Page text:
Ride-sharing service UberPop will be banned in France from Jan. 1, a government official said Monday, as Paris taxi drivers blocked traffic around the capital in protest at a court decision Friday not to impose an emergency ban on the service.
French taxi drivers are protesting that services such as Uber Technologies' UberPop, which use mobile apps to put unlicensed drivers in contact with passengers for a fee, compete unfairly with strictly regulated taxi services. They had asked the Paris commercial court to impose an emergency ban on UberPop, but on Friday the court rejected the request. On Monday, Paris taxi drivers protesting the decision blocked roads around the city's main airports, causing 49 kilometers of traffic jams as they drove slowly into the city.
But UberPop and similar services involving drivers without a license to transport paying passengers will be banned shortly, a spokesman for the Ministry of the Interior told local media ahead of the protests on Monday.
Such services will become illegal on Jan. 1, when a new taxi law comes into force, the ministry spokesman said, adding that it is illegal to offer rides for a fee without the proper license. Putting riders and unlicensed drivers in contact with one another could result in a two-year prison sentence or a fine of up to €300,000 (US$373,000). Such services pose a real danger for passengers, because unlicensed drivers will not have the necessary insurance, the spokesman warned.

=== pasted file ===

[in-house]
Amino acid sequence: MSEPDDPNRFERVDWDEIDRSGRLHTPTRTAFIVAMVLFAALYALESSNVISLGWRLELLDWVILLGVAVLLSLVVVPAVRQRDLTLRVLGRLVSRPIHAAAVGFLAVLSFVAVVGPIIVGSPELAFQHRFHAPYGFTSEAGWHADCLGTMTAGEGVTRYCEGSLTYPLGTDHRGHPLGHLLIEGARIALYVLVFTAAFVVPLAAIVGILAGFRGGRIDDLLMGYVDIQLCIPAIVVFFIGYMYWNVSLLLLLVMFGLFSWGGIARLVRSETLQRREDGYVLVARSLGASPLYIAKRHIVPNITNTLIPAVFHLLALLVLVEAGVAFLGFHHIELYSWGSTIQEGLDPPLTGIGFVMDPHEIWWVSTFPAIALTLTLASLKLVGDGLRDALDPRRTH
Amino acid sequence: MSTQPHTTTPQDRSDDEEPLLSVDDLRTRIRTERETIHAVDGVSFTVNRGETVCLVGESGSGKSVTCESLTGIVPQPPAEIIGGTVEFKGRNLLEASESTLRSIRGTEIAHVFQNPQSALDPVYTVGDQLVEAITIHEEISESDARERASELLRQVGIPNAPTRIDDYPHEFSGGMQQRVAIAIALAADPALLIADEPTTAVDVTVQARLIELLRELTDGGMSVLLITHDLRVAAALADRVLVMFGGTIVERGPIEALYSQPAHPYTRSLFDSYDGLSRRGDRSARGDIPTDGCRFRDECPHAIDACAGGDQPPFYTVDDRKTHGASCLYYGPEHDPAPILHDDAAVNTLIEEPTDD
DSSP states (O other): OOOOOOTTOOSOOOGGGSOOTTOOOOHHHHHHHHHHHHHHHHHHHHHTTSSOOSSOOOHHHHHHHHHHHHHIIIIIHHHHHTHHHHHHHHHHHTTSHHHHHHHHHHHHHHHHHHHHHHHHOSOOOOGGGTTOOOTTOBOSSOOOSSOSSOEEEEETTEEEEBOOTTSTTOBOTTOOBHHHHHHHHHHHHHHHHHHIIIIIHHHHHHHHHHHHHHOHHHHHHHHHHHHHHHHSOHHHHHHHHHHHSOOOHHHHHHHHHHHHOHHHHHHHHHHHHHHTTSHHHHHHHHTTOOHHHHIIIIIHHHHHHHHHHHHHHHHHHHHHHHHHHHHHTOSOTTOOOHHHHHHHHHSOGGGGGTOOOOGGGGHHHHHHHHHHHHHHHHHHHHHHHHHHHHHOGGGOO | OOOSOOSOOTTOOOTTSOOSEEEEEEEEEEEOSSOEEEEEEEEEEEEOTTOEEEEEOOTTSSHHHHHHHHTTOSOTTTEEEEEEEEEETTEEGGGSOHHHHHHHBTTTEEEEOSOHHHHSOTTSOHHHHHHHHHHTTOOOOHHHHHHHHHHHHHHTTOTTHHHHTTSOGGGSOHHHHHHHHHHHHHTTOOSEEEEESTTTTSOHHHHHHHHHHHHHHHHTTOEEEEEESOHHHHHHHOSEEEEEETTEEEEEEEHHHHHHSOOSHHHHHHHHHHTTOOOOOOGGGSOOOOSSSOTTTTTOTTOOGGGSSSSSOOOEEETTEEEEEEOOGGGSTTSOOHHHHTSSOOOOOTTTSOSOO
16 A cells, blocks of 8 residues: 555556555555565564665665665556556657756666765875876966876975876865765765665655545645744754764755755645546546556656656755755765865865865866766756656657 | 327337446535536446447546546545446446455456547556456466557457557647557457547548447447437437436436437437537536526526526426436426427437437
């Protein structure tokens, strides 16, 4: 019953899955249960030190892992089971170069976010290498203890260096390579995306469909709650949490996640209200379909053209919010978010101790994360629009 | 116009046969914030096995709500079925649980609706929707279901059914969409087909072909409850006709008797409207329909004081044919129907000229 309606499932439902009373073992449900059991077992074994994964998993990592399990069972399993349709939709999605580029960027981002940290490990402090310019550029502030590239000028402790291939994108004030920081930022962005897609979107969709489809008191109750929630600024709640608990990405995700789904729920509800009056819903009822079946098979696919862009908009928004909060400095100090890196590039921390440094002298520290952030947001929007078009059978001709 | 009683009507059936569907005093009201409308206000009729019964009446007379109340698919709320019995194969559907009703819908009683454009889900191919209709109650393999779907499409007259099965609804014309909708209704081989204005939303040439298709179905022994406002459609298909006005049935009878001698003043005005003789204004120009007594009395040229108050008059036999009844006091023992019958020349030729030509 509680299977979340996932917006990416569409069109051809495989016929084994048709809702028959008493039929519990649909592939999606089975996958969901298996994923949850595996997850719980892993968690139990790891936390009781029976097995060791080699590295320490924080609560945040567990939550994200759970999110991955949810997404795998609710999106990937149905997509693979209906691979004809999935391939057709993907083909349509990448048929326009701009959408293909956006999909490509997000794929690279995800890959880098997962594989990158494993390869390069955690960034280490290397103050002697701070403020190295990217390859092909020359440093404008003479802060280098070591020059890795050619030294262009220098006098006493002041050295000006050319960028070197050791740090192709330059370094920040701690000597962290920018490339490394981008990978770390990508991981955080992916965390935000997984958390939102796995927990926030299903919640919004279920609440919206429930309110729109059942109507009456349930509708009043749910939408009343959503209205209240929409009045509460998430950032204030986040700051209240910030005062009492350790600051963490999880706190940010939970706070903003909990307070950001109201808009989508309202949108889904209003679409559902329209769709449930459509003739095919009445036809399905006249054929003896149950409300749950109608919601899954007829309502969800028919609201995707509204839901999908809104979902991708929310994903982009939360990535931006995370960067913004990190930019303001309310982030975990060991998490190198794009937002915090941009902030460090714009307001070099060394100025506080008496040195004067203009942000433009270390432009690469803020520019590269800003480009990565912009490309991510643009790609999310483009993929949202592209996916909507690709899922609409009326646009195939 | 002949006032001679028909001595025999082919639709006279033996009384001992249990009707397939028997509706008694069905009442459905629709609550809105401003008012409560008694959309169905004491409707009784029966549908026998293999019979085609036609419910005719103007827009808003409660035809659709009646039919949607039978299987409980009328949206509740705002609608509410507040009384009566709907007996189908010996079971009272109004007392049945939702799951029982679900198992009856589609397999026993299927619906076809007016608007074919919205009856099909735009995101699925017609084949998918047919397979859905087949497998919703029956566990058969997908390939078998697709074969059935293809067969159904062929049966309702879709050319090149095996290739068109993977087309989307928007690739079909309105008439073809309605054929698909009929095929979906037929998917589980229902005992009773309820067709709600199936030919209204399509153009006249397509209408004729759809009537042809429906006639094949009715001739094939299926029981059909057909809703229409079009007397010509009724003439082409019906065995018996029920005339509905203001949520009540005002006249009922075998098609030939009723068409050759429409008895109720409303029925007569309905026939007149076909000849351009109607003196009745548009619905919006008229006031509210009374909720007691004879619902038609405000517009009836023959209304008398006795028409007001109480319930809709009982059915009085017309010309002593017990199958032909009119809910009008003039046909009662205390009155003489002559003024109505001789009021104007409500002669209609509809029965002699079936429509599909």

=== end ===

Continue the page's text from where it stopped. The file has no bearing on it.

Uber's business model faces resistance in other countries too. On Friday Brussels-Capital Region Minister Pascal Smet said he would file a criminal complaint against Uber for operating UberPop. Smet also asked the federal police to take down Uber's website in Belgium and said he will inform Apple and Google that the Uber apps in their app stores incite illegal practices. Brussels' fiscal and social fraud authorities will also open investigations into Uber's business practices.
Earlier in the week, the U.S. company was banned from operating UberpPop in Spain while a Dutch court upheld a ban on UberPop in the Netherlands. In both cases unfair competition from unlicensed drivers was the reason for the ban.
Uber was also banned from operating in Delhi, India, after one of its drivers was charged with the rape of a female passenger. The Delhi authorities said Uber might not have vetted its drivers properly as local media reported the driver was a known sex offender. The company was also sued in the U.S. in a bid by the city of Portland, Oregon to keep the service from operating without the right permits.
Uber did not immediately respond to a request for comment.
Loek is Amsterdam Correspondent and covers online privacy, intellectual property, online payment issues as well as EU technology policy and regulation for the IDG News Service. Follow him on Twitter at @loekessers or email tips and comments to firstname.lastname@example.org
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